Books You Really Should’ve Read By Now (Number: #8,684,595): Specimen Days by Michael Cunningham

There are writers who are widely perceived to be defiantly intellectual, whose every thought and word is up for endless examination and re-examination, to the extent that various critics and analysts can argue ad infinitum about what a book was actually about (JM Coetzee is a good example, and his latest Slow Man). And then there are writers who are thoughtful, capable of investing their work with a degree of otherworldliness such that – to an average reader like myself – their books feel to be rich with implied wisdom (such that if I stretch myself and think a leetle bit harder than I normally do I will be rewarded with all manner of revelations: Michael Cunningham is of this latter variation, and Specimen Days is a vivid example of his style. What we have here are three self-contained novellas, each of which subsequently echo the preceding tales. All three feature characters called (approximately) Catherine, Lucas and Simon (and Catherine or Lucas or Simon in one story may be connected, however distantly, to Catherine or Lucas or Simon in a subsequent story), and all three stories unravel in New York at different moments in history (and future-history).

The first novella, ‘In the Machine’, occurs ‘at the height of the Industrial Revolution’. There is a young, possibly deformed boy called Lucas who – following the death of his brother Simon in a factory accident – is to take up his brother’s job (and work at the very machine that killed his brother). Lucas has a bit of a thing for Catherine, his brother’s fiance and not-even widow. In the clank drone and hiss of machinery, Lucas – a savant spouting Walt Whitman’s Leaves of Grass in place of words that would speak his heart – thinks he hears the voice of his dead brother. The piece climaxes with a terrible fire in the place where Catherine works (a deliberate echo of 9/11, as ladies in complex gowns fall flaming from the impossible upper reaches of the building). This fire recurs in the second novella, ‘The Children’s Crusade’, as Cat (who is a police, taking calls from people threatening to commit terrorist atrocities all the live-long day) researches the latest in a vivid new onslaught of terrorist atrocity – children, weaned on Whitman, attach themselves to strangers and explode the bombs strapped to their chest. While her colleagues dismiss the phenomena as just one more fucked up thing, Cat has the wherewithal to glimpse how the future will be – and it is this future we are thrust into in the final novella, ‘Like Beauty’. Unfairly dismissed by US critics who find even literary sci-fi beneath them, the latter portions of Specimen Days centre upon a sentient cyborg called Simon and his attraction to a Nadian (who is a creature from another world) called Catareen. Against the backdrop of a world destroyed by the fall out from the childbombers, Simon and Catareen flee, looking for a world that will let them be. As with most sci-fi, you have to haul yourself up above the jargon of this new world in order to discover that what Specimen Days resolves itself to be is a kind of love story.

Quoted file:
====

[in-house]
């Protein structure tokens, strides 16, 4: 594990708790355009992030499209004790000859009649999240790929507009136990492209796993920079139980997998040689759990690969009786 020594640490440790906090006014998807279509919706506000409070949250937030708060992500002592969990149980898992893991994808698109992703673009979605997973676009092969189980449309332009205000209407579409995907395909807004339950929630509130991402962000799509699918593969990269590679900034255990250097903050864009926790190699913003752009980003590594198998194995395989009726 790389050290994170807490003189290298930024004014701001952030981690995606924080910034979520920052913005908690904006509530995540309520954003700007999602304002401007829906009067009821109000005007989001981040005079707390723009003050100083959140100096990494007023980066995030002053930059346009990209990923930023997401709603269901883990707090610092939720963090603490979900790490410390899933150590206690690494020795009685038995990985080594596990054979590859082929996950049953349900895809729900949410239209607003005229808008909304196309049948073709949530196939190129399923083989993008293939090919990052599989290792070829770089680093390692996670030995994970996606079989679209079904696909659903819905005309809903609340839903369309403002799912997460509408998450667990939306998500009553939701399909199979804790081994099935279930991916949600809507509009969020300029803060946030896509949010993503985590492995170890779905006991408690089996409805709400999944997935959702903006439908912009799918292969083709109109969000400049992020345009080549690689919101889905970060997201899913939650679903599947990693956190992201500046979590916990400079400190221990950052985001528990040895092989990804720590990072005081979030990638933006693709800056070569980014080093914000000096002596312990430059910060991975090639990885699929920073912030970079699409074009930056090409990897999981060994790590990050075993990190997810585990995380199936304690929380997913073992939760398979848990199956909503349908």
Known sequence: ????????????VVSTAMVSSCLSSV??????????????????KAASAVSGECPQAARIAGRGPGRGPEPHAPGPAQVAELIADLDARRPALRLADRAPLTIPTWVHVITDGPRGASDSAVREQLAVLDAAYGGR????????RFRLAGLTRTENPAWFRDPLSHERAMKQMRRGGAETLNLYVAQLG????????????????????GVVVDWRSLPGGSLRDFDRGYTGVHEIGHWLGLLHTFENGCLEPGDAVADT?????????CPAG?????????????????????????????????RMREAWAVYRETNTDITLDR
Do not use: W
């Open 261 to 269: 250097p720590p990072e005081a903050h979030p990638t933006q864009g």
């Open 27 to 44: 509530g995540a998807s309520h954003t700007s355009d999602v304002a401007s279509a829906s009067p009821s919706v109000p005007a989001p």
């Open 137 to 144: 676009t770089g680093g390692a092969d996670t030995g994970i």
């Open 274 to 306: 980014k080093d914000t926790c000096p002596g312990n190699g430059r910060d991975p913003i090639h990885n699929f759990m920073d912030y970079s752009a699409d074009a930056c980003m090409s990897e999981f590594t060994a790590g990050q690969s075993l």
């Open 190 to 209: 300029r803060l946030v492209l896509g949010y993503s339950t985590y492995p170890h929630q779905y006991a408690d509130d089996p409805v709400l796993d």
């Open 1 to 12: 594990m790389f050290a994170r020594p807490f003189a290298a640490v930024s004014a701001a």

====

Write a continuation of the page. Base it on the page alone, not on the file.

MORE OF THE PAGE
There are connections by the handful (horses recur, machines, flaming buildings spring immediately to mind), and each connection suggests something deep and profound and ever so slightly beyond my limited ken, but – for all that – Cunningham fashions a novel that fulfils and satisfies on whatever level you wish to approach it from. Over and above this, the writing itself – fluid and eloquent and frequently surprising – imbues what are already compelling narratives with a regal grandiloquence (you read and think – I’m never going to write another word again because the words I write won’t be as pretty as this). As with Jonathan Lethem’s Fortress of Solitude so with this: if you haven’t read Michael Cunningham before, this will be the book that sends you scurrying with anticipation back to his earlier books.

Any Cop?: Nabokov said that all writing (irrespective of genre) falls into one of two camps: there is good writing and there is bad writing. Specimen Days is as good an example of good writing as you could hope to find in this day and age.

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